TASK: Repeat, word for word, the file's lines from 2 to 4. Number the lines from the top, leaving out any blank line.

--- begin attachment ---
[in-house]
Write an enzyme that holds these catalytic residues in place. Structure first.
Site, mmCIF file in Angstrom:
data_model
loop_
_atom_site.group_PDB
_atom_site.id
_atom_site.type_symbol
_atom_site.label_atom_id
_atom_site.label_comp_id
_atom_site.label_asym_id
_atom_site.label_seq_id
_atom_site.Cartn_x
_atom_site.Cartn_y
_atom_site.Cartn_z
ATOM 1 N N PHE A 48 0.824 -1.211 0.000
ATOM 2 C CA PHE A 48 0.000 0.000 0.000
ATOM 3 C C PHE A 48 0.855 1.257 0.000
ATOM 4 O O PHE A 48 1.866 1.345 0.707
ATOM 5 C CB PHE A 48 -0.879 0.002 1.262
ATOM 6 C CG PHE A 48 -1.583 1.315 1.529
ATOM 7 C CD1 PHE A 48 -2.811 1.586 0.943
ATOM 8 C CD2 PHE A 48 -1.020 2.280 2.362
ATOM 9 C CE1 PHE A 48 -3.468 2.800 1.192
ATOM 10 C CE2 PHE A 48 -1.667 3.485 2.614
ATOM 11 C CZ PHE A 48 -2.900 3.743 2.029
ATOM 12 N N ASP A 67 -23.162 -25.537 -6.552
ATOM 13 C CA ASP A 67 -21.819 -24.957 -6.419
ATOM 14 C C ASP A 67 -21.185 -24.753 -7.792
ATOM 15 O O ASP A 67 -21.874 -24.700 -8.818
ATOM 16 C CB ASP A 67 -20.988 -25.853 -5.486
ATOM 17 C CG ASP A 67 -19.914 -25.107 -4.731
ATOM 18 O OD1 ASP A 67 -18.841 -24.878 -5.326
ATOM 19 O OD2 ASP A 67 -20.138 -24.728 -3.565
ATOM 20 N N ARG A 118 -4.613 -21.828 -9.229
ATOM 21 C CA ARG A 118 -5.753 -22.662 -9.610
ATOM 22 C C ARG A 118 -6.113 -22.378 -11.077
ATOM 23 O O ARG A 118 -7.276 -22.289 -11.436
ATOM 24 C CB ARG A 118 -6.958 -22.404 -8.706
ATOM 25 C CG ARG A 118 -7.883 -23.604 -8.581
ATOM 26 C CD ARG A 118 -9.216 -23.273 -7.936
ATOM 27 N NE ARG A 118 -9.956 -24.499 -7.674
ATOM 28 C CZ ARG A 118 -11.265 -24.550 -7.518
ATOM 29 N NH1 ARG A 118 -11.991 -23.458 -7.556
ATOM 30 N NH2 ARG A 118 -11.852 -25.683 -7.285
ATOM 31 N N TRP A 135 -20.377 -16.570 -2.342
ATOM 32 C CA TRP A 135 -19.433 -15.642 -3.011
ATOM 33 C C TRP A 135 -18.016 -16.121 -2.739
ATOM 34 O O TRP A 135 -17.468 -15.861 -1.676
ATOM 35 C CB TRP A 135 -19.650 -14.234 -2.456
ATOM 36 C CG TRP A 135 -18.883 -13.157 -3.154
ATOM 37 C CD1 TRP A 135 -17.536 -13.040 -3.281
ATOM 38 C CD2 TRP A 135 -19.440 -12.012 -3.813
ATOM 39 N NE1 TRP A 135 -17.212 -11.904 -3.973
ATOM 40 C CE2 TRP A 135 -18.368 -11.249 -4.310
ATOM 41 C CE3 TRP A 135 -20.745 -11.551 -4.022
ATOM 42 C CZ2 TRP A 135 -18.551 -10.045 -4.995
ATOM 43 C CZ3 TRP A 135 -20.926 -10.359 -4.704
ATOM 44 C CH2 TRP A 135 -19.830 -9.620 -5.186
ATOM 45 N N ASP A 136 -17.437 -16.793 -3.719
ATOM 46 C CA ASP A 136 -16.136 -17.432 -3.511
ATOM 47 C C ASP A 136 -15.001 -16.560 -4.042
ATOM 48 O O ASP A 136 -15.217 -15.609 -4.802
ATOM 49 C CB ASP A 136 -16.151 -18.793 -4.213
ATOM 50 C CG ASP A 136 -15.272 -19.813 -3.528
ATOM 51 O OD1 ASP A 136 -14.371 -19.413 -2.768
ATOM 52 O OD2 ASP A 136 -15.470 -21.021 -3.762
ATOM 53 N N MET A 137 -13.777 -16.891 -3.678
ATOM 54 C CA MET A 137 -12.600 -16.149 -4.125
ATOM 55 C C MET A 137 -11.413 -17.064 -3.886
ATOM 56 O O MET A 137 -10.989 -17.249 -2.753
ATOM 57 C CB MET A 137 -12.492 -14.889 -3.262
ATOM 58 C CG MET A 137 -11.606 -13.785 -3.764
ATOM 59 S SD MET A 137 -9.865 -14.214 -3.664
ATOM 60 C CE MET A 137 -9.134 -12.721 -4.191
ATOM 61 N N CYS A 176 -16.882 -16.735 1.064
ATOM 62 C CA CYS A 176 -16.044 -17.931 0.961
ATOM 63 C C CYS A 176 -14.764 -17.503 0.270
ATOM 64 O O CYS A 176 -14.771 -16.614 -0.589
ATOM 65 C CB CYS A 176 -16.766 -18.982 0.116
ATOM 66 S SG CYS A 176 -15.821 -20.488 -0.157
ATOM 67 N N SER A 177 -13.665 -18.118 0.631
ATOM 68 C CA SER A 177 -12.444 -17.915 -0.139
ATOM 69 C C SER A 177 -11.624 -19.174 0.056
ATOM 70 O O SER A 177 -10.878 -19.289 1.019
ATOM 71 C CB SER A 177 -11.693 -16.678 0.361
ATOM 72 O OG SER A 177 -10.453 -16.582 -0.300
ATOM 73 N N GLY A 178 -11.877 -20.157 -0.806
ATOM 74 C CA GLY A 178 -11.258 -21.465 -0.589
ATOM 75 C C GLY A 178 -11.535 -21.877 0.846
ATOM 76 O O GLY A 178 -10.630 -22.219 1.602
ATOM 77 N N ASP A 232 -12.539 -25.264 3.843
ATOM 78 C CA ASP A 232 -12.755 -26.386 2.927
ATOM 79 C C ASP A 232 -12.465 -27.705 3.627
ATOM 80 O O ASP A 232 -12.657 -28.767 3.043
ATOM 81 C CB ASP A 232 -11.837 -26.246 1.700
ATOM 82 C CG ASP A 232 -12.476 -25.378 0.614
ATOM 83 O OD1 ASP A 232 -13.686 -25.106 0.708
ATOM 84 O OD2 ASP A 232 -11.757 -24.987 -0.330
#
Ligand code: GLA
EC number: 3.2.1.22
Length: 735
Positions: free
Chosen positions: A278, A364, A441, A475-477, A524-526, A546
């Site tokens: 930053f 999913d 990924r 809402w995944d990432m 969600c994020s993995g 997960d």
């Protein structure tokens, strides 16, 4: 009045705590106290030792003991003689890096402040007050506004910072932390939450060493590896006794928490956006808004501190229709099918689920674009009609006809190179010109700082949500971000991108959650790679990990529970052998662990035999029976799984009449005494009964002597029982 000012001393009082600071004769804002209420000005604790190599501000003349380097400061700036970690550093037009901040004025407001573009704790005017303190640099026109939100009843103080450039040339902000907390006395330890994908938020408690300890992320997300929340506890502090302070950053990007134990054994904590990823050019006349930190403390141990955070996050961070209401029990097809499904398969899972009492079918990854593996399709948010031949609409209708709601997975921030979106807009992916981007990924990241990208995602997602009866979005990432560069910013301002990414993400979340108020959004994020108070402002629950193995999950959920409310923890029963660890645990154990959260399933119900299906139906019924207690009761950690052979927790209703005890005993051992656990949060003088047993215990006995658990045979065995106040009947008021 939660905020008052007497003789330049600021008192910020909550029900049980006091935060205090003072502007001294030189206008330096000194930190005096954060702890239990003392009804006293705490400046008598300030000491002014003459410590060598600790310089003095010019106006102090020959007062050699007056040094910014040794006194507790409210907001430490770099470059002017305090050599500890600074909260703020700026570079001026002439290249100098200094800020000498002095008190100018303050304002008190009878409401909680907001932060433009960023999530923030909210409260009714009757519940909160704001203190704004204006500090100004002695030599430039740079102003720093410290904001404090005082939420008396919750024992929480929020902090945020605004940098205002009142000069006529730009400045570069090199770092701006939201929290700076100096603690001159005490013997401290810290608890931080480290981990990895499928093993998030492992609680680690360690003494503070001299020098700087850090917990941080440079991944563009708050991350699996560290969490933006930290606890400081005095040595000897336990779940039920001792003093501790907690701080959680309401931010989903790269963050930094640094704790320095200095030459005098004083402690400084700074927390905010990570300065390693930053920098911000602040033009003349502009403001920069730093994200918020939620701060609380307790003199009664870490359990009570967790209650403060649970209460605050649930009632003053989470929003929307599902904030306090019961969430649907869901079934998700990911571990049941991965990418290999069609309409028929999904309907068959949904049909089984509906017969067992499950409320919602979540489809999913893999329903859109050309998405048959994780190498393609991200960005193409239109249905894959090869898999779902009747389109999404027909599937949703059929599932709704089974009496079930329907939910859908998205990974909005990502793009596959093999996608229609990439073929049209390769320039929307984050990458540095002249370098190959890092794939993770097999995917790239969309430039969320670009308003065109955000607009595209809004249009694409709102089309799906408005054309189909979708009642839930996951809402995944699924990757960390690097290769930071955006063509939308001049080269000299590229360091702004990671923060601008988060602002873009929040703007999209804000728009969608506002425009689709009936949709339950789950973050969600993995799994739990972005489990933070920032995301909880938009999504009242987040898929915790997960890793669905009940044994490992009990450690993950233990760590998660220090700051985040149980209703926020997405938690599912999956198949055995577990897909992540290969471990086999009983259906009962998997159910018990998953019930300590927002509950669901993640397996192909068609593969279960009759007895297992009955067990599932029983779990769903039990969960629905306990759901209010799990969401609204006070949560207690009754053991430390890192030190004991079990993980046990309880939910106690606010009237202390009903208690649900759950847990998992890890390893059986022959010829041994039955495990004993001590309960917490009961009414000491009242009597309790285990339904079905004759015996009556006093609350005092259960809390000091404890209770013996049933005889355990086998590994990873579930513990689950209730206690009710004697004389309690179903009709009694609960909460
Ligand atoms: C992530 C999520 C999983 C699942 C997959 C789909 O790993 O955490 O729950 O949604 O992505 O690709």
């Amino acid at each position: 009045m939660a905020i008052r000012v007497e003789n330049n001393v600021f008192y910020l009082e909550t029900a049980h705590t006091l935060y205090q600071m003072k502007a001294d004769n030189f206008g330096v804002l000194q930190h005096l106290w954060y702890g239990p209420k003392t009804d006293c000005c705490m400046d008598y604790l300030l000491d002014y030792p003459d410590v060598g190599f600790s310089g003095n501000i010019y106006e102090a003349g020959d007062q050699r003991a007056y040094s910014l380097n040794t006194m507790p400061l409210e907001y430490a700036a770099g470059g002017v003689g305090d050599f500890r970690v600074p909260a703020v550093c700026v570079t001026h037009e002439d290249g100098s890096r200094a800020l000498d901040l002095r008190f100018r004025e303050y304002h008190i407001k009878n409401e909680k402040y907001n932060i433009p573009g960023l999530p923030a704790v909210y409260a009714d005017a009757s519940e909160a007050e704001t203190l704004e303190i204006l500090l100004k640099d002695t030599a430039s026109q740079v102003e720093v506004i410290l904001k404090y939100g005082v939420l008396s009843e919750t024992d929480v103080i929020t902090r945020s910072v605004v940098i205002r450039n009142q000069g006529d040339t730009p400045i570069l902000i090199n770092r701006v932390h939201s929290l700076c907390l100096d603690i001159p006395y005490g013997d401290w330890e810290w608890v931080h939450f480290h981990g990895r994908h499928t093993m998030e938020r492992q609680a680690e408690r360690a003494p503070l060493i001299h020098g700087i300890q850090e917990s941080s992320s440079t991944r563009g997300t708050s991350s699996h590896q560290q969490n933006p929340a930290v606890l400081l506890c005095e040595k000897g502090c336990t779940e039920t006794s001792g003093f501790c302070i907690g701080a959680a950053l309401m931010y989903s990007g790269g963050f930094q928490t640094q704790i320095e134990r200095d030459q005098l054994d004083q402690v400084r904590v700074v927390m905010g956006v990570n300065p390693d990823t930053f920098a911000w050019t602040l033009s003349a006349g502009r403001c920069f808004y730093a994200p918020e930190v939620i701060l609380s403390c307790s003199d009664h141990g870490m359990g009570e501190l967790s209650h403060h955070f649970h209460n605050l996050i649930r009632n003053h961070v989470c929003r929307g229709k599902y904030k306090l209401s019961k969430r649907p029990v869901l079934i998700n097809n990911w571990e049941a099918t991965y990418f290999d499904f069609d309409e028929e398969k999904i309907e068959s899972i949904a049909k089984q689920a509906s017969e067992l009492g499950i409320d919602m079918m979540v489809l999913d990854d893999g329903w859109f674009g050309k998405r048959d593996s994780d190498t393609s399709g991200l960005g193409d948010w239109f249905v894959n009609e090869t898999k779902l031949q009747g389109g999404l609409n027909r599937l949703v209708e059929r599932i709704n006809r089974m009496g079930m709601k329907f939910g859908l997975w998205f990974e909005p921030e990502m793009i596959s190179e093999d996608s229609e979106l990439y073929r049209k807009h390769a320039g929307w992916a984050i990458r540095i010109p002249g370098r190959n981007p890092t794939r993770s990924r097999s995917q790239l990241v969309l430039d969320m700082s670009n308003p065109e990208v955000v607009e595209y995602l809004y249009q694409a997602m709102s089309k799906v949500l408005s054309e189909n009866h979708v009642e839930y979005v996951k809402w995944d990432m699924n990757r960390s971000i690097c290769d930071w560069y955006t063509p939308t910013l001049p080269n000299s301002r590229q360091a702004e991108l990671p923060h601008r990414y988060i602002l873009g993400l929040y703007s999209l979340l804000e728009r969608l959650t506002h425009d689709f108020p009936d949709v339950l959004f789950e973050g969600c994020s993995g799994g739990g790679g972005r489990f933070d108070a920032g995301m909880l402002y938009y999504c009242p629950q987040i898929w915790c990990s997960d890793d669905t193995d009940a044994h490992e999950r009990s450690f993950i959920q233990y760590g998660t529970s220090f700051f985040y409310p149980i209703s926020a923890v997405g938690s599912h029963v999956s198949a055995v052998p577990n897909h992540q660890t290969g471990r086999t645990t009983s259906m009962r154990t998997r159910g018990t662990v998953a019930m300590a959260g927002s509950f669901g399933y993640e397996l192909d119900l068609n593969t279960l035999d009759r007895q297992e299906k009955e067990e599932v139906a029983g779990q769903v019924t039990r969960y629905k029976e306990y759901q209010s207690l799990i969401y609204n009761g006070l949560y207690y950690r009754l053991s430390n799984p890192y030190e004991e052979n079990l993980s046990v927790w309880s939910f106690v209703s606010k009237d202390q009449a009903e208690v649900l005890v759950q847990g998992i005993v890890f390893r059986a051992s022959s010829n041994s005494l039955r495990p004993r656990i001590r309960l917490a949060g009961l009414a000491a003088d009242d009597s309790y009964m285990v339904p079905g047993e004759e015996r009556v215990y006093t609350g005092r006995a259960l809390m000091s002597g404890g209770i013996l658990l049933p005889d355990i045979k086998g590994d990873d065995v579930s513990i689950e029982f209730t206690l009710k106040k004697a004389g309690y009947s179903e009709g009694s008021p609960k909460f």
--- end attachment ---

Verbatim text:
Write an enzyme that holds these catalytic residues in place. Structure first.
Site, mmCIF file in Angstrom:
data_model